As the law is now, unions have to represent the entire group, including those who voted against it, and in right to free ride states, they have to represent non-members for free.  Is that fair?  

      Perhaps some employers will see the benefit of paying decent wages, but many do not, and even when they start out with good intentions, when things get tough, it's the unrepresented workers who are most likely to get the shaft, through unilateral changes (e.g., layoffs, decreases in wages and benefits) that employers with unions can't make without bargaining.  

      "The true revolutionary is guided by a great feeling of love."

      by Budlawman on Mon Feb 06, 2012 at 09:09:51 AM PST

      [ Parent ]

      •  They may, but most people don't change their minds (0+ / 0-)
        People who vote against the union may actually eventually realize that they benefit from the union's presence, and may decide they want the union to stick around.
        Most people at the workplace don't have contracts, unless they have a union that bargains it for them.  So you are one of the fortunate few.

        Fortunate or unfortunate - I have a contract because I'm a contract worker, not a staff, and I'm working for a fixed one year period.  I know I'm out of work in June.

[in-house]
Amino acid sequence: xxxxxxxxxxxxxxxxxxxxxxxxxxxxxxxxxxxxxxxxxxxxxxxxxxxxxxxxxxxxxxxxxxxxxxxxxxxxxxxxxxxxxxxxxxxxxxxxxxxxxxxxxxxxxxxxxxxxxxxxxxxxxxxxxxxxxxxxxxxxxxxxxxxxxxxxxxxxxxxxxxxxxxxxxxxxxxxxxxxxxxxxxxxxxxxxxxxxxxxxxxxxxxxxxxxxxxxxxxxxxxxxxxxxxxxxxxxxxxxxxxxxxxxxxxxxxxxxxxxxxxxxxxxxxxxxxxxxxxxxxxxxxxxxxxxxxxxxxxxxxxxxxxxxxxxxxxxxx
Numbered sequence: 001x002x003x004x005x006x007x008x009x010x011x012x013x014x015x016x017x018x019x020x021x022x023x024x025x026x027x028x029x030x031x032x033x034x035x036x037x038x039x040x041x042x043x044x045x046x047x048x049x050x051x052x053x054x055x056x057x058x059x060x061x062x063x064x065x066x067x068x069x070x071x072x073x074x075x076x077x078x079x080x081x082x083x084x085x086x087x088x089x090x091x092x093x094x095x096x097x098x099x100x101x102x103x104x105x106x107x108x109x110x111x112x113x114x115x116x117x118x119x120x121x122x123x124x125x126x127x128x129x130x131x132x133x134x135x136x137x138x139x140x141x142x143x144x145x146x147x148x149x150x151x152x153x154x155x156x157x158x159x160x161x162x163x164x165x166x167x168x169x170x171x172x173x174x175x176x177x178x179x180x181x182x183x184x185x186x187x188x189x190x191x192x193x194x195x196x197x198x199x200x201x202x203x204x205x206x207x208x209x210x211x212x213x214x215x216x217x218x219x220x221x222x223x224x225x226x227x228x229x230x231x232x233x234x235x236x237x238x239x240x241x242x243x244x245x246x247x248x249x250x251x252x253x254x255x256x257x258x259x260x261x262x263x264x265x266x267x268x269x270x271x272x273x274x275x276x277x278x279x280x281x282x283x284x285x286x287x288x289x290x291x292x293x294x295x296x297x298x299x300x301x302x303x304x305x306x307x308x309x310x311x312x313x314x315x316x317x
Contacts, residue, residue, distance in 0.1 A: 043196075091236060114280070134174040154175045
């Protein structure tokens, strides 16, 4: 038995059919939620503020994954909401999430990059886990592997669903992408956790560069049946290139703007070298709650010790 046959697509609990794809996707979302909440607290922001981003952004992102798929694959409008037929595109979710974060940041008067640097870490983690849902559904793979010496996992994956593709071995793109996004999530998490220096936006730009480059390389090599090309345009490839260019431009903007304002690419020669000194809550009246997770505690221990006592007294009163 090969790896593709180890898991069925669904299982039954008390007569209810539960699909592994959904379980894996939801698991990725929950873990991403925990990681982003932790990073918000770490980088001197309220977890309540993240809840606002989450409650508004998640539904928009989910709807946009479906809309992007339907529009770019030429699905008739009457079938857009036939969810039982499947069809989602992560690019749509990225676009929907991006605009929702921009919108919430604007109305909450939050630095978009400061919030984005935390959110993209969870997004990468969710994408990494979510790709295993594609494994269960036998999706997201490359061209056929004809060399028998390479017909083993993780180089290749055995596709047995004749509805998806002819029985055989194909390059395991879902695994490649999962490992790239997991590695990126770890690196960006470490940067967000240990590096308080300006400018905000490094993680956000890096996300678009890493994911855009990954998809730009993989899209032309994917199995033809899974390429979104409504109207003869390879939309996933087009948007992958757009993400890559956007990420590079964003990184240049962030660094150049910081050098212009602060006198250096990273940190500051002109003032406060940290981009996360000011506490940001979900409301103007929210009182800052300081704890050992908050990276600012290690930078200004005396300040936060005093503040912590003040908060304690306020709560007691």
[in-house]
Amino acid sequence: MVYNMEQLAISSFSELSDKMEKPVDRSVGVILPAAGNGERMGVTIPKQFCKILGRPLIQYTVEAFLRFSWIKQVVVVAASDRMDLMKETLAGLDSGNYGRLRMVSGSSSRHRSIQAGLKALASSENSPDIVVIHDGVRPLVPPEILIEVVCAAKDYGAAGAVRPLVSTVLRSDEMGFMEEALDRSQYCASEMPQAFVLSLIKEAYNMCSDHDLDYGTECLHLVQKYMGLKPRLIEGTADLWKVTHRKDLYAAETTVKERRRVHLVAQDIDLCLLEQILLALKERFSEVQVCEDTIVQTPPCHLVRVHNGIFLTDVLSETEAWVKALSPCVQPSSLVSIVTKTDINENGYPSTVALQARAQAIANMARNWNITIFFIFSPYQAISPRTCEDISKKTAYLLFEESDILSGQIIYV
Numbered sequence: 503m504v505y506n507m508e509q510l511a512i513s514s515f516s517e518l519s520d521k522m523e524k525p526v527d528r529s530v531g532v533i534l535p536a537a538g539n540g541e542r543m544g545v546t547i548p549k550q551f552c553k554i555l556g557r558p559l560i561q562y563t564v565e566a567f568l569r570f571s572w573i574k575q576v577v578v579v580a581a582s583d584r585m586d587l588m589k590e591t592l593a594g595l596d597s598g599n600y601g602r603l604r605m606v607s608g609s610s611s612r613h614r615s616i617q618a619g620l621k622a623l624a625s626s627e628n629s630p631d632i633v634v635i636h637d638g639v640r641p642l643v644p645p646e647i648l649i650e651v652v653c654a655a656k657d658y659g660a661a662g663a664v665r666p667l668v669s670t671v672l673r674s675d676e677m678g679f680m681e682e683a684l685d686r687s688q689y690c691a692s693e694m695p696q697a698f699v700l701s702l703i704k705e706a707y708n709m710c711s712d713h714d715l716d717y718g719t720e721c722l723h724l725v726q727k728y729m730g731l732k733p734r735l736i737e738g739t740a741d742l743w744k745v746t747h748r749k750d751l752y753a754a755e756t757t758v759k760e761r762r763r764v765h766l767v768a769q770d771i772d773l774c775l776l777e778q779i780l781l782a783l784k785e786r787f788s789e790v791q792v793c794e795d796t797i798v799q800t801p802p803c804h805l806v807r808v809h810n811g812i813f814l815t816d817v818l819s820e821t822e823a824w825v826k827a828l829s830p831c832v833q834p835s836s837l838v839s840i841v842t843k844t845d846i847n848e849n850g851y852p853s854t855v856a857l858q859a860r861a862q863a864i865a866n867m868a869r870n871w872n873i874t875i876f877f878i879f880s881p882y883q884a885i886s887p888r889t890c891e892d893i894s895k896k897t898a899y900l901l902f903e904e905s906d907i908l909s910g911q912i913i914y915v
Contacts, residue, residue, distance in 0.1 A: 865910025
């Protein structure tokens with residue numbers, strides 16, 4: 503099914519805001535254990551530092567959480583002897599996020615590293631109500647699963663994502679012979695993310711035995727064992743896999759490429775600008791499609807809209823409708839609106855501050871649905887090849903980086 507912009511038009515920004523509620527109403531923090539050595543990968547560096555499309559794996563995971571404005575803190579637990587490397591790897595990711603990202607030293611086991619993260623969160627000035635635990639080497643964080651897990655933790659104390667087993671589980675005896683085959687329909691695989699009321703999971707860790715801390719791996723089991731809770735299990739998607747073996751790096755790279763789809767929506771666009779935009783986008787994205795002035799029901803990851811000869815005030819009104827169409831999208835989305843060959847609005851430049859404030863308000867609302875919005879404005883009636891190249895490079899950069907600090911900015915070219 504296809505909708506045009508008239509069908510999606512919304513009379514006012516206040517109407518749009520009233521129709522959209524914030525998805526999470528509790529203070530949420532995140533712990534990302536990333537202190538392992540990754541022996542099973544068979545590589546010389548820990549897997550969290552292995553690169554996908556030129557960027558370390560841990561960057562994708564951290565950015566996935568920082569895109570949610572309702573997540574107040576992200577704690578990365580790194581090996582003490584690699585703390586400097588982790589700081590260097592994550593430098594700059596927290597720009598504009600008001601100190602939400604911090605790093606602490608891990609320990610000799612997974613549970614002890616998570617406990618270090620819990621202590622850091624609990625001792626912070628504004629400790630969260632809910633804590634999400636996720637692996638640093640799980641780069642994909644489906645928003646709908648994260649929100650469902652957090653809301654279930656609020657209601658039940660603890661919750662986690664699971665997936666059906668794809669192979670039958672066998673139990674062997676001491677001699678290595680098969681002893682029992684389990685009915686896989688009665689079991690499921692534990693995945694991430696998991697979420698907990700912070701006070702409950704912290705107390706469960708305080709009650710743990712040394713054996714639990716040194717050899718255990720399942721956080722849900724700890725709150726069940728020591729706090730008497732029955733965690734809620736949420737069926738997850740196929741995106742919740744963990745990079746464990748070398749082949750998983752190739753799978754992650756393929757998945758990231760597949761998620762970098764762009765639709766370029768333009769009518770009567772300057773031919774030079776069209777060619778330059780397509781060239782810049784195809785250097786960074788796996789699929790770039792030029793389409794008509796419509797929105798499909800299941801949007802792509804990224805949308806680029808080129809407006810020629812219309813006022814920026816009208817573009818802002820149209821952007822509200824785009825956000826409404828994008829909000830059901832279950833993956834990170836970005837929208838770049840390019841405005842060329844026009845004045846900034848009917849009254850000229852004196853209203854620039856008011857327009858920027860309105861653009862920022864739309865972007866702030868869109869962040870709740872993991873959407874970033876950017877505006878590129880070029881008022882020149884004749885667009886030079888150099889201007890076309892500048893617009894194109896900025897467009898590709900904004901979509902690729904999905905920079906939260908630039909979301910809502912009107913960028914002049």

The workplace does compare with the government, and can either be an autocracy completely controlled by the employer, or more of a democracy where workers have a voice.

        No.  It's not a government because I can opt out at any time.  You can't do that with governments.  For example, I have no way of opting out of my relationship with the IRS.  And my employer cannot throw me in jail.  He pays me money in return for my doing what he wants... and I can break the deal any time I want.

        Ideally, workers should be willing to pay for their representation that provides relief and protection from such harsh workplace laws and no input, but some want something for nothing, as I gather you would.

        I don't have a union and I don't pay for it.  So that's nothing for nothing, not something for nothing.

        What would happen if one of your employers treated you unfairly, violated your contract, or fired you without cause?   Unions can do something about that; you would be on your own in addressing that without a union.

        Life's unfair - if my employer treats me unfairly I walk.  I've done it.  If they violate my contract I sue.  I haven't had to do that.  If they fire me without cause I leave - my current contract is the first time I've ever had any kind of deal except employment at will.  I've never had a union and I have always handled these situations on my own.

        in right to free ride states, they have to represent non-members for free.  Is that fair?

        I've already said that I don't think that they should have to do that.  People who opt out of a union contract should have to handle their relationships with their employer on their own.